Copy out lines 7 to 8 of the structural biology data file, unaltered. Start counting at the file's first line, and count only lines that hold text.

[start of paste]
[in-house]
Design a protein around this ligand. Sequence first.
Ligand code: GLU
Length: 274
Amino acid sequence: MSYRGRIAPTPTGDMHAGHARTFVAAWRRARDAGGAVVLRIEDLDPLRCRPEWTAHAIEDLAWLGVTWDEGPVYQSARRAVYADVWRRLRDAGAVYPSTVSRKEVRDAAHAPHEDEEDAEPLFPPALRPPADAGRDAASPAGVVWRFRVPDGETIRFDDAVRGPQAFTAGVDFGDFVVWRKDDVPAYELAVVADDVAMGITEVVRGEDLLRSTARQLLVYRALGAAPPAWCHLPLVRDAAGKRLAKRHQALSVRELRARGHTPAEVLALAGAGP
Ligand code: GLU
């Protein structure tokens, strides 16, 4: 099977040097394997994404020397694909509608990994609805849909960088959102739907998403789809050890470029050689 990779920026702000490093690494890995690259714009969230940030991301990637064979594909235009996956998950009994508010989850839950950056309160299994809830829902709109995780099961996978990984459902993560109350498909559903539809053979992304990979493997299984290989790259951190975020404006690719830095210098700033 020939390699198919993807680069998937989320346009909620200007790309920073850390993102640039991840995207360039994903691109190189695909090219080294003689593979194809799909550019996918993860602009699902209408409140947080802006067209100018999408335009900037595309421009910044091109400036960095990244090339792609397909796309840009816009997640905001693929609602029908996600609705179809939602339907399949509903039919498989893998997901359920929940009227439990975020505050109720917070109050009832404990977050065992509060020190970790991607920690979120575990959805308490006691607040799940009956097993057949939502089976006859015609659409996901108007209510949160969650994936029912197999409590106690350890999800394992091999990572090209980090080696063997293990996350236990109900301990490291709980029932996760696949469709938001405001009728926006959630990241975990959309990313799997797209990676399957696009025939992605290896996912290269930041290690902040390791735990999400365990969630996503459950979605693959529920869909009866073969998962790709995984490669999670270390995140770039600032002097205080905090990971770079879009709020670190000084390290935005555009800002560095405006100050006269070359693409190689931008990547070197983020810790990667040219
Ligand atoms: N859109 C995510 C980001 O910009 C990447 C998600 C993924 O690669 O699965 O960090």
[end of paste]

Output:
């Protein structure tokens, strides 16, 4: 099977040097394997994404020397694909509608990994609805849909960088959102739907998403789809050890470029050689 990779920026702000490093690494890995690259714009969230940030991301990637064979594909235009996956998950009994508010989850839950950056309160299994809830829902709109995780099961996978990984459902993560109350498909559903539809053979992304990979493997299984290989790259951190975020404006690719830095210098700033 020939390699198919993807680069998937989320346009909620200007790309920073850390993102640039991840995207360039994903691109190189695909090219080294003689593979194809799909550019996918993860602009699902209408409140947080802006067209100018999408335009900037595309421009910044091109400036960095990244090339792609397909796309840009816009997640905001693929609602029908996600609705179809939602339907399949509903039919498989893998997901359920929940009227439990975020505050109720917070109050009832404990977050065992509060020190970790991607920690979120575990959805308490006691607040799940009956097993057949939502089976006859015609659409996901108007209510949160969650994936029912197999409590106690350890999800394992091999990572090209980090080696063997293990996350236990109900301990490291709980029932996760696949469709938001405001009728926006959630990241975990959309990313799997797209990676399957696009025939992605290896996912290269930041290690902040390791735990999400365990969630996503459950979605693959529920869909009866073969998962790709995984490669999670270390995140770039600032002097205080905090990971770079879009709020670190000084390290935005555009800002560095405006100050006269070359693409190689931008990547070197983020810790990667040219
Ligand atoms: N859109 C995510 C980001 O910009 C990447 C998600 C993924 O690669 O699965 O960090």